Step Two: Getting Off the Ground: Interpretation of the Target Claims
Every essay starts somewhere. Often an essay begins by analyzing another essay’s argument, or by arguing a problematic case. The first step in the body of the essay is to spell out all the facts, claims, and arguments relevant to what you are discussing. As before, assume the reader is ignorant of key details, but is of normal intelligence. You must supply all important facts, but make sure these facts are relevant to the issue and the stand you plan to take and develop. In a short essay, you need to make sure that you explain facts or arguments in a short paragraph. In a longer essay, the structure would be slightly different, with general information beginning the essay and specifics being mentioned later. If you are criticizing a statement from an argument, an action of a person, or a method of arguing in a philosophical text you must indicate what you are specifically targeting for investigation.
Following, we outline two versions of this step. The Jury Model sees the dialectical essays as a forum for assessing in an impartial way the strengths and weaknesses of a position, while the Debater Model sees the dialectical essay as a forum for the author to put forth a position and defend it.
An example for the Jury Model (for step two) is shown below. As you read it, see if you can identify the target claim.
The situation leading up to the NATO air action and providing justification for it involves two key events. The first event is the one of Yugoslavia refusing to sign the October peace agreement. A resolution to the conflict acceptable to the international community and to the ethnic Albanians of Kosovo was rejected by the Yugoslav government. During negotiations, and following their breakdown, Yugoslavia engaged in preparations for a large-scale attack on Kosovo. Yugoslavia also engaged in a variety of practices of ethnic cleansing earlier in the decade in Bosnia. A primary reason defenders had for the air attack on Yugoslavia was that NATO was justified in attacking Yugoslavia since Yugoslavia was about to engage in ethnic cleansing.
This paragraph clarifies the target of the investigation:
A primary reason defenders had for the air attack on Yugoslavia was that NATO was justified in attacking Yugoslavia since Yugoslavia was about to engage in ethnic cleansing.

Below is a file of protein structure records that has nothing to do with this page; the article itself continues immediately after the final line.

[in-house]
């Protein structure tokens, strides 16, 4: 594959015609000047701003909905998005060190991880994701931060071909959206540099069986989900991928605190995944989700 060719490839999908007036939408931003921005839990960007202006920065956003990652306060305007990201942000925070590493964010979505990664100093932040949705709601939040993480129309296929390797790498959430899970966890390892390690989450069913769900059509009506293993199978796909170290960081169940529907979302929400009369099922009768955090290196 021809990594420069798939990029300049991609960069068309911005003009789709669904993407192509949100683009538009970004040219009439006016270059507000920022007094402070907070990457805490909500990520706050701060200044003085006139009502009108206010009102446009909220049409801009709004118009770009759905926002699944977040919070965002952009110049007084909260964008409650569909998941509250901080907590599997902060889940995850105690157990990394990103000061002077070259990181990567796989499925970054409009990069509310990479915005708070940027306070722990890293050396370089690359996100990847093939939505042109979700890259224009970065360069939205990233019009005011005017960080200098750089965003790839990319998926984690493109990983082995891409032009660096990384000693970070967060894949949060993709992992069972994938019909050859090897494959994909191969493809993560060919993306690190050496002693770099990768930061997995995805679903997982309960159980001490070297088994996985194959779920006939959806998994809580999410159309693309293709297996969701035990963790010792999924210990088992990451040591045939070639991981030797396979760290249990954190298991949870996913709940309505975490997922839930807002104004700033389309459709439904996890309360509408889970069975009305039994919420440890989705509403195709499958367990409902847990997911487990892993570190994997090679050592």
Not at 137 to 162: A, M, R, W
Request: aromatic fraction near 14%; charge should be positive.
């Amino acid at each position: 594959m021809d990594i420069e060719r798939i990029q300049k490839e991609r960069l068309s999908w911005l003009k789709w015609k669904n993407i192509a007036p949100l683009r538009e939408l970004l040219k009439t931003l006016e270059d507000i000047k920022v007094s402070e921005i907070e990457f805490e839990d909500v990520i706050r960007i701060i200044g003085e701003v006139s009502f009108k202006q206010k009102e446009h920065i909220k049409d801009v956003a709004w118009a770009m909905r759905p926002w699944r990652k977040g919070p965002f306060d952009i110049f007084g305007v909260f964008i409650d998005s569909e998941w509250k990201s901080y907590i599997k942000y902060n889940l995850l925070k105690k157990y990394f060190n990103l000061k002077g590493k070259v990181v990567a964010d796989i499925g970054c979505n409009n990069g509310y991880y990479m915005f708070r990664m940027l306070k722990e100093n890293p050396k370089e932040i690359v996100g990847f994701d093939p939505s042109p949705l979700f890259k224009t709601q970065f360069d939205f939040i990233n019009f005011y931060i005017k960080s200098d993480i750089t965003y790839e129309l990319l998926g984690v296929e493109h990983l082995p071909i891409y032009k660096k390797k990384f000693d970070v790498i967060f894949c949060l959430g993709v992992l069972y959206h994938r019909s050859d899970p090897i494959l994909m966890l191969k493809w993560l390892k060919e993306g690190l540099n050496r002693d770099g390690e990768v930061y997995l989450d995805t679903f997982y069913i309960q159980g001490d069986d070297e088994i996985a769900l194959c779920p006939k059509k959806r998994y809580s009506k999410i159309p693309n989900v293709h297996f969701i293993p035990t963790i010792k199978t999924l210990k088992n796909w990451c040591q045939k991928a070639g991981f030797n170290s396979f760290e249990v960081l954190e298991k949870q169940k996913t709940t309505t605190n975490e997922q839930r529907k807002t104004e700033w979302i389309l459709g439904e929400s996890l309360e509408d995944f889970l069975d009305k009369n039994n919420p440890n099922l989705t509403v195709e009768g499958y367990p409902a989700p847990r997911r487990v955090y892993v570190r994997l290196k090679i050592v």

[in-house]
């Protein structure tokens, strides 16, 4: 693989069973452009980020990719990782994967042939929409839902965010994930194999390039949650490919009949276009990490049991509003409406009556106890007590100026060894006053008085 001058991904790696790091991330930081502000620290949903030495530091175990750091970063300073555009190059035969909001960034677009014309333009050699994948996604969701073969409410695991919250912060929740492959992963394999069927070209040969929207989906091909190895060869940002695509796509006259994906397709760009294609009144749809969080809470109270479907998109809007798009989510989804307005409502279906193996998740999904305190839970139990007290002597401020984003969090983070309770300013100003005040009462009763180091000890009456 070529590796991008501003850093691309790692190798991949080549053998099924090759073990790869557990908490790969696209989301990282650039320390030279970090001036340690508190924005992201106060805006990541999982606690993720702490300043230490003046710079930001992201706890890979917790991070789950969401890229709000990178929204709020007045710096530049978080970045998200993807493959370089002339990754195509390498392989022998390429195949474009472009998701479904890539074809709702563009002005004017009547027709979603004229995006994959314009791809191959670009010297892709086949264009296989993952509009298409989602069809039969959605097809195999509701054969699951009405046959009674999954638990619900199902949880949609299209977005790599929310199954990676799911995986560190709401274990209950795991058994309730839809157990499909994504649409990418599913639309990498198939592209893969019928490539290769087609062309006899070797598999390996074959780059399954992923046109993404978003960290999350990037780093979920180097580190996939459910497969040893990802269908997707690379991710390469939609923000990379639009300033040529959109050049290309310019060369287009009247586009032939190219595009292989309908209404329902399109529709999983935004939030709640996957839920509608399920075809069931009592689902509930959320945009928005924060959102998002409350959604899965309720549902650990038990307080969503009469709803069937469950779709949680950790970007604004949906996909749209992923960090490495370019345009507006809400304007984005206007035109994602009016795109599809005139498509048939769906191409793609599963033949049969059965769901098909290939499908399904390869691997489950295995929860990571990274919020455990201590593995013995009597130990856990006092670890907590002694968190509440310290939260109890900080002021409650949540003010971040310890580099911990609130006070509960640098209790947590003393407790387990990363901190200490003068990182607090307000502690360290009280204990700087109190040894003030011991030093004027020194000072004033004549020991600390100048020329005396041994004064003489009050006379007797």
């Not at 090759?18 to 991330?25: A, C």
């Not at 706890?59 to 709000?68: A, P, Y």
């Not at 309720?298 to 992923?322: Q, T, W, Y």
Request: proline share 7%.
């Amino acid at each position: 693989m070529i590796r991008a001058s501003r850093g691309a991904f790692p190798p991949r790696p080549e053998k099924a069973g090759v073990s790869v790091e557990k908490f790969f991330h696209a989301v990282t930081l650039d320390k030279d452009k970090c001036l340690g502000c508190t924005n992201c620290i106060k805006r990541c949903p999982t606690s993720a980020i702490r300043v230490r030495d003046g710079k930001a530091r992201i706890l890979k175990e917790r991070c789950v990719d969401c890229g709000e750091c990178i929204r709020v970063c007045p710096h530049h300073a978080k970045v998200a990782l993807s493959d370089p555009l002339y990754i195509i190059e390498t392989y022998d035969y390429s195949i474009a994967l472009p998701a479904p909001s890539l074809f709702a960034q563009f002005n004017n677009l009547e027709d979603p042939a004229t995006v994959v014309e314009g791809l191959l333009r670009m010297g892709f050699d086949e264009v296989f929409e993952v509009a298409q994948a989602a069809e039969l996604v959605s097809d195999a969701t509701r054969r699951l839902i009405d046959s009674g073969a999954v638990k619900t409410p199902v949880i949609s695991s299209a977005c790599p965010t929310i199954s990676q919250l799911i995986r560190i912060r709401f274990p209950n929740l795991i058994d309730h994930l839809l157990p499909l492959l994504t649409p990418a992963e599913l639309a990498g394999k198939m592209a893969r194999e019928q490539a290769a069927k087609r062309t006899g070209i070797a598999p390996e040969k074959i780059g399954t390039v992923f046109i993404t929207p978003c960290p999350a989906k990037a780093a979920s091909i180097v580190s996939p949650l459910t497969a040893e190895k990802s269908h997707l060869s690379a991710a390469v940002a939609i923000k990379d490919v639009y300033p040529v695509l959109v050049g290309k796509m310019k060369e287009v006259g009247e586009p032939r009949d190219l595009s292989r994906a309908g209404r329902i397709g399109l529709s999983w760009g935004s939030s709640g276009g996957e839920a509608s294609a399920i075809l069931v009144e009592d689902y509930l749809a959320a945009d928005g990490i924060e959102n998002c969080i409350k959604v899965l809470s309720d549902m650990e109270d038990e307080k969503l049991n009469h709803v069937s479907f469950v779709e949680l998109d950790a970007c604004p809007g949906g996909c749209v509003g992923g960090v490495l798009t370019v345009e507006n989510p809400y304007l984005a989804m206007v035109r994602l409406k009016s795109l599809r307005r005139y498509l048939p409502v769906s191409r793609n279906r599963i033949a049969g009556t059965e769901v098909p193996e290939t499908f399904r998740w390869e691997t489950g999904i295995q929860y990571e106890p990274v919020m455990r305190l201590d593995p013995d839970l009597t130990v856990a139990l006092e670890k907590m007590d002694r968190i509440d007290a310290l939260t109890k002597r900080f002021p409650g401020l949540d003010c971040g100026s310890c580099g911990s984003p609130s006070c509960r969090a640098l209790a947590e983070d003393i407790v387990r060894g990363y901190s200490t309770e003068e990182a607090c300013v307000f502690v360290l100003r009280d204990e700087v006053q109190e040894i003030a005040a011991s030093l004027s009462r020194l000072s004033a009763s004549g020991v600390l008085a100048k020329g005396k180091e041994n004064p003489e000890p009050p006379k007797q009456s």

In addition to clarifying the target of the investigation, this paragraph presents relevant facts that the reader needs. It also explains the context of the statement. Do you always need a target? The short answer is yes. The longer answer is that sometimes a writer implies things he does not say. The target may be implied, and not written as a direct statement. But if you are implying a meaning, you must be careful. You don’t want to imply one thing, but have the reader interpret another. Should you always spell out the context of the target? For that question there is a clear answer: yes. The context determines the meaning, and may also provide crucial evidence for or against the target.
It is important that a target claim is well-chosen, of course. For example: in an essay evaluating an argument, the target out to be a premise, not the conclusion of the argument. (For more on the crucial distinction between premises and conclusions, see Chapter Three). If you want to reject a conclusion, you must show where the argument for it fails. Your best target will be the false premise, or faulty inference, that leads up to the falsity of the conclusion (or maybe the whole argument). A lengthier essay might attack the conclusion and then the argument leading up to it, but a short essay needs to be focused and concise. (A short essay is 4-7 pages in length). The best target for an essay on an argument will be any faulty premise that leads up to the false conclusion. You can mention that the conclusion is false, but to keep the paper focused, select the premise as your target. Here is a simple example:
Socrates criticizes the customs of Athens.
Citizens who criticize the customs of their country should be killed.
So Socrates should be killed.
You may think that the conclusion is false, but since the conclusion is derived from the two proceeding premises, pick one of them as your target claim. You might want to attack the claim of “citizens who criticize the customs of their country should be killed.”
In textual analysis, some targets will be implied claims or implicit modes of reasoning. It is fine to target implications for investigations, but it is crucial to insure that when you state an implied claim that you show the claim really is implied (by other explicit claims in the text).
Finally, you must explain all crucial quotes you introduce in Step Two. Not only do you need to make sure that your audience understands what they are reading, but you must prove that you understand the claim you are criticizing. Consider the argument in the previous paragraph. The sentence, “Citizens who criticize the customs of their country should be killed,” seems simple enough, but what does it mean – (do we understand the words ‘criticize’ and ‘customs’?) –and why would anyone assert it?
An alternative to this format for Step Two is called the Debater Model. While essentially the same, the Debater Model includes a more developed set of personal reflections by the writer, indicating reasons for agreeing/disagreeing with the target. Under this model, the writer would state his personal defence of the thesis early on in the essay. The rest of the essay would target possible criticisms of the writer’s statements from Step Two. This approach adds a more personal element to the essay, early on. In every other way, the rest of the steps would be the same. The example essay used here does not take this approach, but for an example of an essay that does, see Sample Essay Three below.
Summary of Step Two